The Congo and the Founding of Its Free State: A Story of Work and Exploration

The Congo and the Founding of Its Free State: A Story of Work and Exploration

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by Henry Morton Stanley
     
 

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This is an EXACT reproduction of a book published before 1923. This IS NOT an OCR'd book with strange characters, introduced typographical errors, and jumbled words. This book may have occasional imperfections such as missing or blurred pages, poor pictures, errant marks, etc. that were either part of the original artifact, or were introduced by the scanning process.… See more details below

Overview

This is an EXACT reproduction of a book published before 1923. This IS NOT an OCR'd book with strange characters, introduced typographical errors, and jumbled words. This book may have occasional imperfections such as missing or blurred pages, poor pictures, errant marks, etc. that were either part of the original artifact, or were introduced by the scanning process. We believe this work is culturally important, and despite the imperfections, have elected to bring it back into print as part of our continuing commitment to the preservation of printed works worldwide. We appreciate your understanding of the imperfections in the preservation process, and hope you enjoy this valuable book.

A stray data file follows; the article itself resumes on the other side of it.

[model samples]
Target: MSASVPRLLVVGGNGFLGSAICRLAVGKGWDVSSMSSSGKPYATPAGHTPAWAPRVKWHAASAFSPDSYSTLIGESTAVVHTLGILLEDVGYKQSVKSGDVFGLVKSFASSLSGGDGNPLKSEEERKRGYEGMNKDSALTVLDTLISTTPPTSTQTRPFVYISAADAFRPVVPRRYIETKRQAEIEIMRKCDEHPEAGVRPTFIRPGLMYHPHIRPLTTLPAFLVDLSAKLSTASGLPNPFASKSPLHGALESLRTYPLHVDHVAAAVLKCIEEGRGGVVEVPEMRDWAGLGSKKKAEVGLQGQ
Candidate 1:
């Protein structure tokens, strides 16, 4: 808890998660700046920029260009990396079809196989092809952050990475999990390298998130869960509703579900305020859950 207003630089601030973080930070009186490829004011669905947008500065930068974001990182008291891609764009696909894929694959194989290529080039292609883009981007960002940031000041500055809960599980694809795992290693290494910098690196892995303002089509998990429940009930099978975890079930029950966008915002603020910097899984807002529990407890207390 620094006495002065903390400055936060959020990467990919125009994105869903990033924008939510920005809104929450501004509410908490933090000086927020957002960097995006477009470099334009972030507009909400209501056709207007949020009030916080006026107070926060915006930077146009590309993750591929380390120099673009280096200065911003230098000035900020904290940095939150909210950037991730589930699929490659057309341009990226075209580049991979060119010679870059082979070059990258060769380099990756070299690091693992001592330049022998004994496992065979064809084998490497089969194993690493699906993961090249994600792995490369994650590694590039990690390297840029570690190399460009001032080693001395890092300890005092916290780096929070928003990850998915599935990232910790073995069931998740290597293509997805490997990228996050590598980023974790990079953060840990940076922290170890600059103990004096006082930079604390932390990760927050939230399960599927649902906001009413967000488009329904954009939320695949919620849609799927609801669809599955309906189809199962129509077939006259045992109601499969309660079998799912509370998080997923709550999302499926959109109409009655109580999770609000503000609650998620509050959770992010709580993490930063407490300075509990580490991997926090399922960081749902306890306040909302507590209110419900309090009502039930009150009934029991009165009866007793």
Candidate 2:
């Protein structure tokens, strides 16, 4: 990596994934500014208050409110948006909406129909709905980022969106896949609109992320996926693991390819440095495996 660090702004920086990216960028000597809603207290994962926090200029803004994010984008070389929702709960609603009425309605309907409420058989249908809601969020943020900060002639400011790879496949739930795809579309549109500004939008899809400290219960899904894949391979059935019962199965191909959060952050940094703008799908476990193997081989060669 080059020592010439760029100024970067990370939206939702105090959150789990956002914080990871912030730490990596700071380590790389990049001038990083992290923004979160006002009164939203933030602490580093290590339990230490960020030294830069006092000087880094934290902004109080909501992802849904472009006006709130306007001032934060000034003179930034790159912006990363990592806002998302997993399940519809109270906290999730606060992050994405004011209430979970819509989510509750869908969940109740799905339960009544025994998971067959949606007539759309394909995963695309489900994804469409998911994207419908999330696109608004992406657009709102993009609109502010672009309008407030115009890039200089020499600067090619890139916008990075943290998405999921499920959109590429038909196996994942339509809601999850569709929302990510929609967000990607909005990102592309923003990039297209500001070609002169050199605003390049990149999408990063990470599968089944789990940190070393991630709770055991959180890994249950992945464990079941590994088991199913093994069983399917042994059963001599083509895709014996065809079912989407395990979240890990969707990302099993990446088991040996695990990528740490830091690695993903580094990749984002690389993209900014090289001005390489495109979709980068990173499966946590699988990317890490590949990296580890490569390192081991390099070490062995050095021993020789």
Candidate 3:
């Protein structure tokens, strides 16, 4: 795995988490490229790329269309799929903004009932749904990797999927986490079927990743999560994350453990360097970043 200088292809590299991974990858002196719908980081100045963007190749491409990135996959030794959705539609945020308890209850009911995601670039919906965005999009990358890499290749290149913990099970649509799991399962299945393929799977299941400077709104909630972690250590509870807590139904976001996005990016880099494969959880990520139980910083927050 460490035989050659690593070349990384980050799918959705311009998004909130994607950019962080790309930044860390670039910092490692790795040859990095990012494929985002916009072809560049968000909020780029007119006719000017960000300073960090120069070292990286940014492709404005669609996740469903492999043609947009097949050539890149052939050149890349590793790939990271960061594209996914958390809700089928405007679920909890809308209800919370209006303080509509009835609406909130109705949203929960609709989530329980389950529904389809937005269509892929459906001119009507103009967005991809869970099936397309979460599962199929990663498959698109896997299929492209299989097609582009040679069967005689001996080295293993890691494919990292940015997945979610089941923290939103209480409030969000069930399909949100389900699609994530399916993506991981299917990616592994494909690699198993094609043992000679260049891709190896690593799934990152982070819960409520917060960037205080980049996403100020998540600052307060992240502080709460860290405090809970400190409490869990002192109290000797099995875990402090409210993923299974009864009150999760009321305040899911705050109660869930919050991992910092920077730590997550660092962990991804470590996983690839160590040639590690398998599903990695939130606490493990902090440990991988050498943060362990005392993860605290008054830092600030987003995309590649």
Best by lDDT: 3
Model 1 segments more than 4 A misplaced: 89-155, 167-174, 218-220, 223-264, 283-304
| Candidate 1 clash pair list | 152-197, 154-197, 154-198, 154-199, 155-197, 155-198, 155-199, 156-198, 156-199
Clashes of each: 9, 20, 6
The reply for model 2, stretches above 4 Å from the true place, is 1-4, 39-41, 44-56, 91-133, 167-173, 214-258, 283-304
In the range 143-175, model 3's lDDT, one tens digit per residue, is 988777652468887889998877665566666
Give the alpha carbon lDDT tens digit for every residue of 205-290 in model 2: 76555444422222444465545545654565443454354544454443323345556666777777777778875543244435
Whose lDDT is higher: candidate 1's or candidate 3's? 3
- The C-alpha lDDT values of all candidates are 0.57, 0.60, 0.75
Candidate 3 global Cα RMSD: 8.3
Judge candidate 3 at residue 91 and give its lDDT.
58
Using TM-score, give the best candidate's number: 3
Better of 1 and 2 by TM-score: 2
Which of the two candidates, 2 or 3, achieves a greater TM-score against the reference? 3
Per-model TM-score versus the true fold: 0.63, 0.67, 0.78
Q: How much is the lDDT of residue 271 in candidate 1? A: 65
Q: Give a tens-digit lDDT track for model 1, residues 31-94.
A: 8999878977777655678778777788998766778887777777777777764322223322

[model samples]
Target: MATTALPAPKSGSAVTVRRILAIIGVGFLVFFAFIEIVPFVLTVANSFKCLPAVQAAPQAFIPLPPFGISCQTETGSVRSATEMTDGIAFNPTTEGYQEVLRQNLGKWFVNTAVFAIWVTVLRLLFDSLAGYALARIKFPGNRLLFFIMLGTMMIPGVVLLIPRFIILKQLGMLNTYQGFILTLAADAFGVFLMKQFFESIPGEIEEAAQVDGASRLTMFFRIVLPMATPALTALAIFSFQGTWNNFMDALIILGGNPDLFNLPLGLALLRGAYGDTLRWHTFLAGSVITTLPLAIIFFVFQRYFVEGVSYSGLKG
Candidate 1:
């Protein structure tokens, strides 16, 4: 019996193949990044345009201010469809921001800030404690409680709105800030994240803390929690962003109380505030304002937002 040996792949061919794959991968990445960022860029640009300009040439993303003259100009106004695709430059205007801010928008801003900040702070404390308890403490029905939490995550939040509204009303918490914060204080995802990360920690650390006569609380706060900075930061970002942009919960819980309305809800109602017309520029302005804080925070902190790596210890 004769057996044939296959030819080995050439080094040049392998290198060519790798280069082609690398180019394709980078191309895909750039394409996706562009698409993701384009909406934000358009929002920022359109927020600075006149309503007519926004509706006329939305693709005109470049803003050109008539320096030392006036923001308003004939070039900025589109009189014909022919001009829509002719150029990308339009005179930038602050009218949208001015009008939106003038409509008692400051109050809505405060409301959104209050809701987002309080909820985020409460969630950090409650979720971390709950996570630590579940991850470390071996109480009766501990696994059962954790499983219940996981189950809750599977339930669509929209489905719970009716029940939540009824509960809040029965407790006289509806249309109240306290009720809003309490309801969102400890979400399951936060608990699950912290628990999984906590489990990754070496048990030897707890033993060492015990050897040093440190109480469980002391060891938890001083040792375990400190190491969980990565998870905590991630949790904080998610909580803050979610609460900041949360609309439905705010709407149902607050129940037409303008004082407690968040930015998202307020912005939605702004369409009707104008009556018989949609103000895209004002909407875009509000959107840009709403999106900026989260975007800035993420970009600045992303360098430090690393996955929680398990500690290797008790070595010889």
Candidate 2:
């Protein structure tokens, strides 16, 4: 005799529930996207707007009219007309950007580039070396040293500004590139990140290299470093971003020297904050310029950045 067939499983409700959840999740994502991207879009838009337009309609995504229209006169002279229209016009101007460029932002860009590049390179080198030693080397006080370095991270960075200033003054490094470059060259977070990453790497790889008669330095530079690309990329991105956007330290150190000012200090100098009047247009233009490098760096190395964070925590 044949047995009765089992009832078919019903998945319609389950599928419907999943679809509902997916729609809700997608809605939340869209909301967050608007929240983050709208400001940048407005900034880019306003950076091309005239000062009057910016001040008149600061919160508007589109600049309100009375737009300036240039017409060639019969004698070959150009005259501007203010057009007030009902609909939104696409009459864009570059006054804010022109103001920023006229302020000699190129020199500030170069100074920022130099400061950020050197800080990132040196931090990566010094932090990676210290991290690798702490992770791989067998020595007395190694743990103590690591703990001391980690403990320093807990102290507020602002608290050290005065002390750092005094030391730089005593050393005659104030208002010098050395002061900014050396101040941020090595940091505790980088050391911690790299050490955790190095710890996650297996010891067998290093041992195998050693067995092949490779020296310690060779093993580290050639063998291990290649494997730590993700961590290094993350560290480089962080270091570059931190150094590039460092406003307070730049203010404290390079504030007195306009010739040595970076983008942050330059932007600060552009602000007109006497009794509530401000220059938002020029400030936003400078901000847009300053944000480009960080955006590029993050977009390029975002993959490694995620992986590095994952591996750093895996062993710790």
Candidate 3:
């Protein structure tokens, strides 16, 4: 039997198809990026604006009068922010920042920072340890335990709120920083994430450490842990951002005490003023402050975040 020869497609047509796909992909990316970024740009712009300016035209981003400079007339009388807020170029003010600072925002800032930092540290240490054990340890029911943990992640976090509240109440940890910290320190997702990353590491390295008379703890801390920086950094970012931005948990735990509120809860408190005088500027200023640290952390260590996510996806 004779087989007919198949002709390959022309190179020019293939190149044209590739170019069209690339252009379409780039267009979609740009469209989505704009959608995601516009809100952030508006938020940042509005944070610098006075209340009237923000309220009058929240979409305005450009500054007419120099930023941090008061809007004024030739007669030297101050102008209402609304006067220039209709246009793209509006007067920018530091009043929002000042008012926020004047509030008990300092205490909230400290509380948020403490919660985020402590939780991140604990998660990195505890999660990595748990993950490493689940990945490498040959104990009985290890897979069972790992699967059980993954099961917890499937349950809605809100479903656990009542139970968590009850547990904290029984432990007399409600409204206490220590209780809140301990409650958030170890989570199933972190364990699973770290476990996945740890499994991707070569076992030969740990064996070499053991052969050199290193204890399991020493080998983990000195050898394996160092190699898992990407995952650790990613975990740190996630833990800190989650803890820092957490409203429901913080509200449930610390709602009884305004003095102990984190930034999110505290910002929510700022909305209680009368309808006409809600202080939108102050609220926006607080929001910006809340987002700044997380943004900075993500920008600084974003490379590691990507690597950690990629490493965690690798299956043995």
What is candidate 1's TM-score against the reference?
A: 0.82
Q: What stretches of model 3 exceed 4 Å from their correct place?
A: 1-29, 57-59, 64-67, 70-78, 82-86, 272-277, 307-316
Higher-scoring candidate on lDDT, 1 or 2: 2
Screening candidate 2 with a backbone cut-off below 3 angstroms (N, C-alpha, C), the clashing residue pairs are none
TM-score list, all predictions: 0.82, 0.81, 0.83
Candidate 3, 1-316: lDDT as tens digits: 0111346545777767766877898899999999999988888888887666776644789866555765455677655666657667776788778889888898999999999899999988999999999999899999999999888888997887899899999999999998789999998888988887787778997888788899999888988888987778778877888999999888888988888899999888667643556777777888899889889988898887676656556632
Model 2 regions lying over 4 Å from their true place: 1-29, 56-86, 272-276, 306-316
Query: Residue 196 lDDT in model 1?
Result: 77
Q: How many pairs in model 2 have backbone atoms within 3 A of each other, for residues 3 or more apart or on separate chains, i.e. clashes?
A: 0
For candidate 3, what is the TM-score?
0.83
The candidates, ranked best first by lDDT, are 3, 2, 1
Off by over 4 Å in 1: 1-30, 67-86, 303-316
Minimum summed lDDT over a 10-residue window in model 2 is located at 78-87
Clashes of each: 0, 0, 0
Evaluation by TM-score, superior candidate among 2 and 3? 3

Product Details

ISBN-13:
2940024318850
Publisher:
Harper & Brothers Publishers
Sold by:
Barnes & Noble
Format:
NOOK Book
File size:
1 MB

Read an Excerpt


AN EMBARRASSING FAREWELL. 39 CHAPTER XXVII. FROM THE BLACK RIVER TO STANLEY POOL AND BACK TO EQUATOR STATION. An embarrassing farewellChili pepper and tearsSuccess of a hypocritical stratagemSounds of warPeace-makingBurying the war The Lukanga riverMantumha Lake The Watwa dwarfs Rescue of a shipwrecked crewThe Abbe GuyotThe lion and his preyLeopoldville flourishingTroubles at Bwa-bwa Njali'sA homicidal officerLieutenant Janssen and the Abbe Guyot drowned Troubles at KimpokoTroubles at BoloboThe station burnt We are fired uponWarA Krupp gun sent forWeak effects of musketryPeace restoredSettling the indemnityDisplaying the power of the Krupp" I and my people will depart from Bolobo for ever!"The river of BnngaLukolelaA magnificent forest The superstition oi lukaExcellent condition of Equator Station My ideal achieved. The love which the people of Inganda bore us was so excessive, that we became conscious on leaving Equator Station that we were in a difficulty. How could we tell them that the dank forest bight, with its edging of reeds and stagnant spaces around Inganda, was hurtful to the health of Europeans, and that we were compelled, on account of sanitary and political considerations, to remove from their village to "Vangata? This would be a delicate task ! When Msenne'our guide from Mswatawas in1883. formed that, although it was absolutely necessary for Juue 21. .,i . T T'ti us to move, still, we experienced a dislike to wound the susceptibilities of the luganda people, he, after a thoughtful pause, said that we had better leave the matter in his hands, and we should have no further trouble. As he was so conBdeut, and as cheery as a lawyer who has a good case, and as he knew thenatives better than we did, we ngreed to l...

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